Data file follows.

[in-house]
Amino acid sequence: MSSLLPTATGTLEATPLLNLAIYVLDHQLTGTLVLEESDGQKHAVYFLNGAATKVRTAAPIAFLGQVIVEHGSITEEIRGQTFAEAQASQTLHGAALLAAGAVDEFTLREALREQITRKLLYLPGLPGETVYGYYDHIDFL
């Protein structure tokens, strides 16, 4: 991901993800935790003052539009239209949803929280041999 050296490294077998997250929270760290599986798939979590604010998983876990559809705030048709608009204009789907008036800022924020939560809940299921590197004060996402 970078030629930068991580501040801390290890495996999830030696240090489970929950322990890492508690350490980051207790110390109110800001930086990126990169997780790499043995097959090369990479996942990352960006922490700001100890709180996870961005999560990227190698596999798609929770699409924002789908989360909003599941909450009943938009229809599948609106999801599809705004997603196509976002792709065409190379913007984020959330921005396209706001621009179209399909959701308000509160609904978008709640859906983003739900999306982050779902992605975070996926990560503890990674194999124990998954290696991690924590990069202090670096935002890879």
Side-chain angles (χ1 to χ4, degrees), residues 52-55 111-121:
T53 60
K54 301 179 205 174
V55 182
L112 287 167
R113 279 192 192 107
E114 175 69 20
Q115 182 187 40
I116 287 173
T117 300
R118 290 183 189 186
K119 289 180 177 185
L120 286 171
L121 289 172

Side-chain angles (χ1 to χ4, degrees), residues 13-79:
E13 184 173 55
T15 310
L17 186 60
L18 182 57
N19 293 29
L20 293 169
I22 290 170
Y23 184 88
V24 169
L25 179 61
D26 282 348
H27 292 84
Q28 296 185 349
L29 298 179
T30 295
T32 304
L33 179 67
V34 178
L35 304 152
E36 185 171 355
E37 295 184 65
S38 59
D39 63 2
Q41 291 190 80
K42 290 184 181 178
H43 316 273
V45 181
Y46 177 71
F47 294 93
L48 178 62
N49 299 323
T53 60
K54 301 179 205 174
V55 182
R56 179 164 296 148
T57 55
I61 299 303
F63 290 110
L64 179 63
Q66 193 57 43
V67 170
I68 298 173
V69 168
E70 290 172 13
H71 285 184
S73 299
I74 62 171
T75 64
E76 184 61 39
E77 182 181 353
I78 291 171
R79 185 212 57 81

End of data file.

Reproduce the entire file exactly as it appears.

[in-house]
Amino acid sequence: MSSLLPTATGTLEATPLLNLAIYVLDHQLTGTLVLEESDGQKHAVYFLNGAATKVRTAAPIAFLGQVIVEHGSITEEIRGQTFAEAQASQTLHGAALLAAGAVDEFTLREALREQITRKLLYLPGLPGETVYGYYDHIDFL
């Protein structure tokens, strides 16, 4: 991901993800935790003052539009239209949803929280041999 050296490294077998997250929270760290599986798939979590604010998983876990559809705030048709608009204009789907008036800022924020939560809940299921590197004060996402 970078030629930068991580501040801390290890495996999830030696240090489970929950322990890492508690350490980051207790110390109110800001930086990126990169997780790499043995097959090369990479996942990352960006922490700001100890709180996870961005999560990227190698596999798609929770699409924002789908989360909003599941909450009943938009229809599948609106999801599809705004997603196509976002792709065409190379913007984020959330921005396209706001621009179209399909959701308000509160609904978008709640859906983003739900999306982050779902992605975070996926990560503890990674194999124990998954290696991690924590990069202090670096935002890879």
Side-chain angles (χ1 to χ4, degrees), residues 52-55 111-121:
T53 60
K54 301 179 205 174
V55 182
L112 287 167
R113 279 192 192 107
E114 175 69 20
Q115 182 187 40
I116 287 173
T117 300
R118 290 183 189 186
K119 289 180 177 185
L120 286 171
L121 289 172

Side-chain angles (χ1 to χ4, degrees), residues 13-79:
E13 184 173 55
T15 310
L17 186 60
L18 182 57
N19 293 29
L20 293 169
I22 290 170
Y23 184 88
V24 169
L25 179 61
D26 282 348
H27 292 84
Q28 296 185 349
L29 298 179
T30 295
T32 304
L33 179 67
V34 178
L35 304 152
E36 185 171 355
E37 295 184 65
S38 59
D39 63 2
Q41 291 190 80
K42 290 184 181 178
H43 316 273
V45 181
Y46 177 71
F47 294 93
L48 178 62
N49 299 323
T53 60
K54 301 179 205 174
V55 182
R56 179 164 296 148
T57 55
I61 299 303
F63 290 110
L64 179 63
Q66 193 57 43
V67 170
I68 298 173
V69 168
E70 290 172 13
H71 285 184
S73 299
I74 62 171
T75 64
E76 184 61 39
E77 182 181 353
I78 291 171
R79 185 212 57 81